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I’d love to hear your reading of the plot and themes and get a sense of your thought process as you were going through the script. Watching it, we can see themes about the fear of whiteness and how that often gets overlooked, and about gentrification being both a physical and mental thing. Those are things I thought about while watching it.

Yeah, there’s so much there. I would say, reading the script, of course all the jokes, quote-unquote, about voting for Obama for the third time, Tiger, you know, to me I thought, oh, okay well this is going to be that movie, these are going to be those racial jokes that will be injected, and we’ll all be able to recognize this and relate, great. And then I got to the auction part and I was like, Ah, interesting. Every time, as I went through the script more and more, it just became more and more disturbing. [Laughs]. And then working on it, I just thought, What is this bizarre world you’re creating, Jordan. I don’t know, we’ll see how it goes. I showed up to hair and makeup and realized I was wearing a wig and I didn’t know I was gonna be wearing a wig. I was curious what they were gonna do with my hair ’cause I have a lot of big, curly hair. So yeah, it was just all these elements that were getting played, that were getting introduced that made me go, huh.

Has your interpretation of the story changed over time?

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Yeah, I think like most people it’s sort of lingering with me, it’s making me think of so many things. I feel like, of course, racism is at the forefront of this story, but it’s like the tip of the iceberg. Because it makes me think of colonization, and being in Australia while I was watching it, I was learning a lot about the Aboriginal culture there and how that basically mirrors what went on in America with the genocide of the Native Americans and slavery. The Aboriginals there, they sort of got both experiences and it’s pretty tragic, so I thought about why colonization is such a horrible reality and has been throughout the ages. That shows up in this film and you see it from the get-go. You see this person wearing this helmet that calls back to the Crusades. [Ed Note: The movie opens with Lakeith Stanfield’s character, Andre, walking in the suburbs at night and he’s attacked by a person in a helmet.]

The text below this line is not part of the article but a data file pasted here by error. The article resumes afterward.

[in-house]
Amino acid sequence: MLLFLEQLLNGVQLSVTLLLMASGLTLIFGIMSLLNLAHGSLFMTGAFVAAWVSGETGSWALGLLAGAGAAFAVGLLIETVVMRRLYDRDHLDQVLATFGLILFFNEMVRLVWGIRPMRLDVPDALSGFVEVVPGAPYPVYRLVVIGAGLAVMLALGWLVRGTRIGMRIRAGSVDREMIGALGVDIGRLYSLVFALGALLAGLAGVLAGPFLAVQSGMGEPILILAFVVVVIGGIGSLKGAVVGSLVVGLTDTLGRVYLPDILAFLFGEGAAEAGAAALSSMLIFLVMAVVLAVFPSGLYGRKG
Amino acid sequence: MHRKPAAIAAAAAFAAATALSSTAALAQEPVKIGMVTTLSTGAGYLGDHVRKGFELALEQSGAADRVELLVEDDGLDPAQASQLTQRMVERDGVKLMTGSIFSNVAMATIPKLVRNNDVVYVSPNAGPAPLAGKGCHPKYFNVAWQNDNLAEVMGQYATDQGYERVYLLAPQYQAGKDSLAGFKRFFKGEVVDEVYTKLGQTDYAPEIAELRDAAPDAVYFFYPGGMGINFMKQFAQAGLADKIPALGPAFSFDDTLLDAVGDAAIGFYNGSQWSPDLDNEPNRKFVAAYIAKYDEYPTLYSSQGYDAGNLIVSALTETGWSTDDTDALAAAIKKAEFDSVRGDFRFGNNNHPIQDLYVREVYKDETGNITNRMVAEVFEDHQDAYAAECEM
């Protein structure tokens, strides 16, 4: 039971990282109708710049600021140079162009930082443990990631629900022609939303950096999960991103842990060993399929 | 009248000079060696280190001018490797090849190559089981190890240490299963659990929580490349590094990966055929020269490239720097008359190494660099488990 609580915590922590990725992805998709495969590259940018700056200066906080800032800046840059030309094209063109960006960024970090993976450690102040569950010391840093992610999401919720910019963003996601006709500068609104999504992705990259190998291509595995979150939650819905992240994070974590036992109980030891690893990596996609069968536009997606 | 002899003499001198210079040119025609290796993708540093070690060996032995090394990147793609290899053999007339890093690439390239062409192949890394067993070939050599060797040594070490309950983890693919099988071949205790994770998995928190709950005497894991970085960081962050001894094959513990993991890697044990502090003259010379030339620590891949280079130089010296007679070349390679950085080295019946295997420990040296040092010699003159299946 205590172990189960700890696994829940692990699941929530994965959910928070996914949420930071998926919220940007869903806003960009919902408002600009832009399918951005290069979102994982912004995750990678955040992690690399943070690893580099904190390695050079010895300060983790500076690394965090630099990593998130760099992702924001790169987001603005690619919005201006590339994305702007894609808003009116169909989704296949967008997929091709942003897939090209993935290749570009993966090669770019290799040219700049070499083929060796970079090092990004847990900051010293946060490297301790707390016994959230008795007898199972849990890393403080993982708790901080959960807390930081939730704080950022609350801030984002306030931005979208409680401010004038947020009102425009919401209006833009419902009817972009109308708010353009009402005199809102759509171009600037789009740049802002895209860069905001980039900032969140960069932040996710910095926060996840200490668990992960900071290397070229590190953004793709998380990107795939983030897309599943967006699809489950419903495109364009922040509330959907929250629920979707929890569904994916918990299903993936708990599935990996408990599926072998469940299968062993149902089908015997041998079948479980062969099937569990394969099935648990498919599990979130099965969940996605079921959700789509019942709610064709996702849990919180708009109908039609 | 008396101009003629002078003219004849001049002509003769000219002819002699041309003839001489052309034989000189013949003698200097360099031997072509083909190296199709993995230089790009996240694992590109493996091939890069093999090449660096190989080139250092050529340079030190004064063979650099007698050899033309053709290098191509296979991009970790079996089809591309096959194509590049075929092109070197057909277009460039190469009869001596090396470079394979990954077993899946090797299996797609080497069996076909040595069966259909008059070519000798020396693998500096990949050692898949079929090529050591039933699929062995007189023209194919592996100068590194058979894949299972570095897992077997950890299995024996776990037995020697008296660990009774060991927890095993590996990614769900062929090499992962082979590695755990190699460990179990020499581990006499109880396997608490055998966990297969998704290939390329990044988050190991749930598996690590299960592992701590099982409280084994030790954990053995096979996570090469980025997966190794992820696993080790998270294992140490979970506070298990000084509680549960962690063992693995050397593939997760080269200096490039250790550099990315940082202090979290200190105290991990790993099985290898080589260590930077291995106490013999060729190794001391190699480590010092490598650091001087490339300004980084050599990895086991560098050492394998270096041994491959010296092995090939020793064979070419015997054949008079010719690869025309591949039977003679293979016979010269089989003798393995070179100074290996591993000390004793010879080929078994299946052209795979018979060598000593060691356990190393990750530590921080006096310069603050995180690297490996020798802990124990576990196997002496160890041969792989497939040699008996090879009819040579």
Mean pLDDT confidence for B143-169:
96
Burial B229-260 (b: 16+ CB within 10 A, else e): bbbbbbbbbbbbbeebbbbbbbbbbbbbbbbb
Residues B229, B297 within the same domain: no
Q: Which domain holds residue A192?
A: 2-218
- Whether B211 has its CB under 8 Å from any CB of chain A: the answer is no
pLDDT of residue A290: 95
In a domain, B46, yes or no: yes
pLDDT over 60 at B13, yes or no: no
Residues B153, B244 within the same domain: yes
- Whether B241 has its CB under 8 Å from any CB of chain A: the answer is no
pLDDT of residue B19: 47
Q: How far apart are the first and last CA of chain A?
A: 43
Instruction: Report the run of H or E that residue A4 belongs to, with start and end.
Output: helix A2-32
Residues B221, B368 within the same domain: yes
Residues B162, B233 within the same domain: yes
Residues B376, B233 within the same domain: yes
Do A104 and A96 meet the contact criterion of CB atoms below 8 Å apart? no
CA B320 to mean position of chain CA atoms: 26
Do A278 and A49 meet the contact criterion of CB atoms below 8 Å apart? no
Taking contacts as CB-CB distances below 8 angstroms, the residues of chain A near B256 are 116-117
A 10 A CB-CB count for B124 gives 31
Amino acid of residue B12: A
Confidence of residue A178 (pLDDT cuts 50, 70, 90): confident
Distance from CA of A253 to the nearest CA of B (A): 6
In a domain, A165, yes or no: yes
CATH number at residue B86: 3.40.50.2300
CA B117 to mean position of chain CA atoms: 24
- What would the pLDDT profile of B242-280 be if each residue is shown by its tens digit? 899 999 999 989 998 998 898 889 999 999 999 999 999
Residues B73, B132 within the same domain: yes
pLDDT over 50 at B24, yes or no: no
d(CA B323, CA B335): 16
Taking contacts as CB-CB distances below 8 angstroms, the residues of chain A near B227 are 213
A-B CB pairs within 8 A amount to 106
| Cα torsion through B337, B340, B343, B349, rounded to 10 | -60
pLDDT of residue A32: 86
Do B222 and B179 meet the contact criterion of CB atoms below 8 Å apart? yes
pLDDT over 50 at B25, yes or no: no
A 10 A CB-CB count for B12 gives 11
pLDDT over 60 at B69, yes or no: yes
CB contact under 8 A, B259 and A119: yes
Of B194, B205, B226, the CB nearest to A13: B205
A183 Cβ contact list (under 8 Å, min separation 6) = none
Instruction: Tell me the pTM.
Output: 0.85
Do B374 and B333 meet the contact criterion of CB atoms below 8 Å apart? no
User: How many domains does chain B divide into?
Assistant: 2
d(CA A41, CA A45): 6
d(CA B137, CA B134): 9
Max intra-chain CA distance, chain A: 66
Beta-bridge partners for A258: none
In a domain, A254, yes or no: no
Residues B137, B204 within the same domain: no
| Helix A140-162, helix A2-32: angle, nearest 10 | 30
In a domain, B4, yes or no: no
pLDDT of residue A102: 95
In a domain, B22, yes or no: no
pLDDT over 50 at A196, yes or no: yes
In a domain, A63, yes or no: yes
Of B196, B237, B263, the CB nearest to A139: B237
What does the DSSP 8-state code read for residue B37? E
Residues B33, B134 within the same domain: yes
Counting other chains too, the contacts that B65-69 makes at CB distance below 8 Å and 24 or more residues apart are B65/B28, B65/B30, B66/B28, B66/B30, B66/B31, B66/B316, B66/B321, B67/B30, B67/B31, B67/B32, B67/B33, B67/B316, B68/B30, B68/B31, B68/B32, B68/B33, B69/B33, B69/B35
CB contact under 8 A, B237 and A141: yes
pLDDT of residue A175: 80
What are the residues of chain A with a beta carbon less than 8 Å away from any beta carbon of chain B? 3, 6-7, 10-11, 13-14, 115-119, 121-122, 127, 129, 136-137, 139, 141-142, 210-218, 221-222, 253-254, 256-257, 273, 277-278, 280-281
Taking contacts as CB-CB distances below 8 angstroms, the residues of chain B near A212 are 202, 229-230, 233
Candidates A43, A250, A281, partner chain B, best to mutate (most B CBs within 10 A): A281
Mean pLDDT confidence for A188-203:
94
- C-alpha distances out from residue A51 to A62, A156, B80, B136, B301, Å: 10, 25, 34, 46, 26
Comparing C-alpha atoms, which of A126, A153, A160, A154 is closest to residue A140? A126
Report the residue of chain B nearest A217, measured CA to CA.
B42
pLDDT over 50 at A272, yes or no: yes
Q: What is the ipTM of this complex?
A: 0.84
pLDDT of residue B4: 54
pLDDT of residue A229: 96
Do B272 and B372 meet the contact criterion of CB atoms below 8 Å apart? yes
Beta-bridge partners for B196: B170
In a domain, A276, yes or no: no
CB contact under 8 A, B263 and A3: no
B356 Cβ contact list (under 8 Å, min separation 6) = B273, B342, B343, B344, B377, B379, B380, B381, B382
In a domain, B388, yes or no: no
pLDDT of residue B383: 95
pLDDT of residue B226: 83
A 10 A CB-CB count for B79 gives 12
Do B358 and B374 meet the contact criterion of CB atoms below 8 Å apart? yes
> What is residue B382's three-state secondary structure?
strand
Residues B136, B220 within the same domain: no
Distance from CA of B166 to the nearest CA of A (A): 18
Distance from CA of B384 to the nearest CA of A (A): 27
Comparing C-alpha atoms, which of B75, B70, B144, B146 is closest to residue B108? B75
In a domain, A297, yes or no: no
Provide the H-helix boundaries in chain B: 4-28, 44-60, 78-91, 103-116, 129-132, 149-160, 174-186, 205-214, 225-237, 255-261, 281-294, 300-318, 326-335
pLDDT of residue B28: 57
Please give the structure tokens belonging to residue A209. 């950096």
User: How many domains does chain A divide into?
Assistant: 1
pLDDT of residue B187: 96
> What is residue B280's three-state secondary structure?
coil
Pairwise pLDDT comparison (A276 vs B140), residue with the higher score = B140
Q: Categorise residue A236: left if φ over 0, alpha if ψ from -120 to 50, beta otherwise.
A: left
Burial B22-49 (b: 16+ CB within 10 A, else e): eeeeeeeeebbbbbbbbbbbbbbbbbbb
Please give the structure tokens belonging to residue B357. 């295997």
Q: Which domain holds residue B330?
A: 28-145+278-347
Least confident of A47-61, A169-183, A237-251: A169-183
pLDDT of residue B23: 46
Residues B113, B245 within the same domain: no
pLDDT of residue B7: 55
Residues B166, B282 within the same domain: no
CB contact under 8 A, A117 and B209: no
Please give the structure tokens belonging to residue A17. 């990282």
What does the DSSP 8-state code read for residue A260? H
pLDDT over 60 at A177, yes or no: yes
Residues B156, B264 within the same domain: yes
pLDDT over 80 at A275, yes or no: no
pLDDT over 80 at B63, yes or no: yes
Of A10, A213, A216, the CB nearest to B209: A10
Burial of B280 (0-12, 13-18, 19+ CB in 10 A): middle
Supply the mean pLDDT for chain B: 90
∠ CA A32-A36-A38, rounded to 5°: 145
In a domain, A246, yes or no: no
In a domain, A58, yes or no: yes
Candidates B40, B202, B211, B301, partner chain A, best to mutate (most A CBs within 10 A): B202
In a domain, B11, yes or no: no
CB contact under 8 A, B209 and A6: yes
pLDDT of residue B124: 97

There’s just so much. [Jordan] just injects all these little symbols and tidbits that hearken back to our very long history of violence that does employ racism in order to keep us separate and oppressed and enslaved ’cause that’s how empires work. You can take it so many more places, and I think people have. And I think that’s why it’s so brilliant and so effective and so successful.

What about the idea of how white liberalism can be the most dangerous kind?

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Well, I think as far as the most dangerous kind of racism being the most subtle and the most invisible, when no one quite is fully aware that they’re being racist or that they’re on the receiving end of racism, then you have a very sort of chronic illness. And if we all just go about thinking that we’re doing the right thing, that we’re just trying to be down or connect with someone, I think that can get really scary in real life. It’s easy to see hatred when it’s hitting you upside the head. I guess if you’re just going about your life thinking you’re saying the right thing, that you’re simply operating on a level that’s about succeeding in this world—I think a lot of times that’s what we’re all here trying to do. And you think, Wow I can really use you. Black culture, hip-hop, our hairstyles. [People will be] like, I love that twerking style. I’m gonna use that. We think we’re incorporating and integrating, but it’s really some version of exploiting. And if we don’t recognize that subtle difference—which isn’t that subtle to some people, like me—it can be really detrimental to our actual integration and progress.